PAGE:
KBS Protocol: From 2008-2014, corn stover from the main plot was mowed, flail chopped directly into a forage wagon, removed from the field, and weighed. From 2015-onward, corn stover is mowed, windrowed, and baled. The bales are weighed and stover percent moisture is determined as given above.

ARL Protocol: From 2008 until retirement at the end of 2017, corn stover from the main plot was mowed, flail chopped directly into a forage wagon using a Case IH 684 Tractor and pull type flail chopper (10 – 13 cm cut height) and weighed at field moisture in the chopper wagon using 4 – 4,500 kg x 2.25 kg wheel scales (one for each wheel of the wagon). Stover percent moisture was determined as above.

Subplot Grain Yields

Corn is harvested in the subplots to examine the effect of stover removal on grain yield . KBS and ARL use/used slightly different equipment and methods to harvest subplots, as described below.

KBS Protocol: Since 2010, the middle 5 ft of the 15 ft wide subplot (equal to 2 corn rows) is harvested from both the stover non-removal and the stover removal subplots. For 2008-2009, however, there were no stover removal subplots established so yields must be compared to main plot yields.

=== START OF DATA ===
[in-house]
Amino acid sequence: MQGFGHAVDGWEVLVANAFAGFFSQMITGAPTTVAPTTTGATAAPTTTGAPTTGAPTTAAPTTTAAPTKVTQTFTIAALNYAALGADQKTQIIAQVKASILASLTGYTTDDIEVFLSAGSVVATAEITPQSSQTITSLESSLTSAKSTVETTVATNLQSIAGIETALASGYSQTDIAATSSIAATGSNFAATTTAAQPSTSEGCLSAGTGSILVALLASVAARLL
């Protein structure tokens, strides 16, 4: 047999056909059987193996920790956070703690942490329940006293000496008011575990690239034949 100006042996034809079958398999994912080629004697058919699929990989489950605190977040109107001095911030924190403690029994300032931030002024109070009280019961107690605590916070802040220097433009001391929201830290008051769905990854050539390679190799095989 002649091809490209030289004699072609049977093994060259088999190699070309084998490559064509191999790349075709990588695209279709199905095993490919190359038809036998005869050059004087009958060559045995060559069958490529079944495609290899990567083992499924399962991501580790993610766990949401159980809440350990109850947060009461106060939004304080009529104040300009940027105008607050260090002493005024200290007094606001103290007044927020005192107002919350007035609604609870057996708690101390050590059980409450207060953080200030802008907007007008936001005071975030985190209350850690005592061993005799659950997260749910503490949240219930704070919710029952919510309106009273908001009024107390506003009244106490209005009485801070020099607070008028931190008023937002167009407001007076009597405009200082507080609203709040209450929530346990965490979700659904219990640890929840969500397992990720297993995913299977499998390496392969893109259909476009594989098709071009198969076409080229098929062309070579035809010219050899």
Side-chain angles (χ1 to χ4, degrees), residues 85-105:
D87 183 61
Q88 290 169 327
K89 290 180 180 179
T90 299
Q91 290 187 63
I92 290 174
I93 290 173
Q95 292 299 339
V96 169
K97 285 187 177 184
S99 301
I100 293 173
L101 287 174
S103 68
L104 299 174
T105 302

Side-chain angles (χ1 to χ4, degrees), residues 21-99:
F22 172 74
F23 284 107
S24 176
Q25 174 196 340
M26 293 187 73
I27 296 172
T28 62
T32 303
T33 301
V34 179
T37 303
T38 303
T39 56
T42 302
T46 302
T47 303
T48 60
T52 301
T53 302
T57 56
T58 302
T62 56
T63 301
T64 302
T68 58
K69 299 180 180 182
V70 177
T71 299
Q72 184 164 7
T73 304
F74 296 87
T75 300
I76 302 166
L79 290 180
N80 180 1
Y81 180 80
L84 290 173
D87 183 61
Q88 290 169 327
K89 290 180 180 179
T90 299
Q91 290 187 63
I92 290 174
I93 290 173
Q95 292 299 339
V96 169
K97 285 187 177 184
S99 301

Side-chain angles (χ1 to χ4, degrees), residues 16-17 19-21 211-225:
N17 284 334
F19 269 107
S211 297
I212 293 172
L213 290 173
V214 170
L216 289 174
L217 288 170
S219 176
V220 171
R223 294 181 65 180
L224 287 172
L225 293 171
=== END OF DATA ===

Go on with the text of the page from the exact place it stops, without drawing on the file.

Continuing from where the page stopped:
Arlington Protocol: From 2010-2017, the western 15 ft subplot (6 corn rows in stover non-emoval subplots) was harvested and compared to the eastern 15 ft subplot (6 corn rows in stover removal subplots). The same equipment was used as is in the main plot which allowed for same day harvest and the larger area harvested minimized yield variability. In 2008, a 5 ft wide area (2 corn rows in stover non-removal subplots) was hand harvested and in 2009 a small plot combine was used to harvest the same areas. Like KBS, there were no separate harvests from the stover removal (same as main plot) subplots in 2008 and 2009.

Stover Harvest Efficiency

To determine the efficiency of the stover harvest machinery and process, the amount of stover left on the ground after machine harvesting (residual stover) was measured by placing a quadrat on the ground and hand-collecting the residue within the frame.

For the BCSE: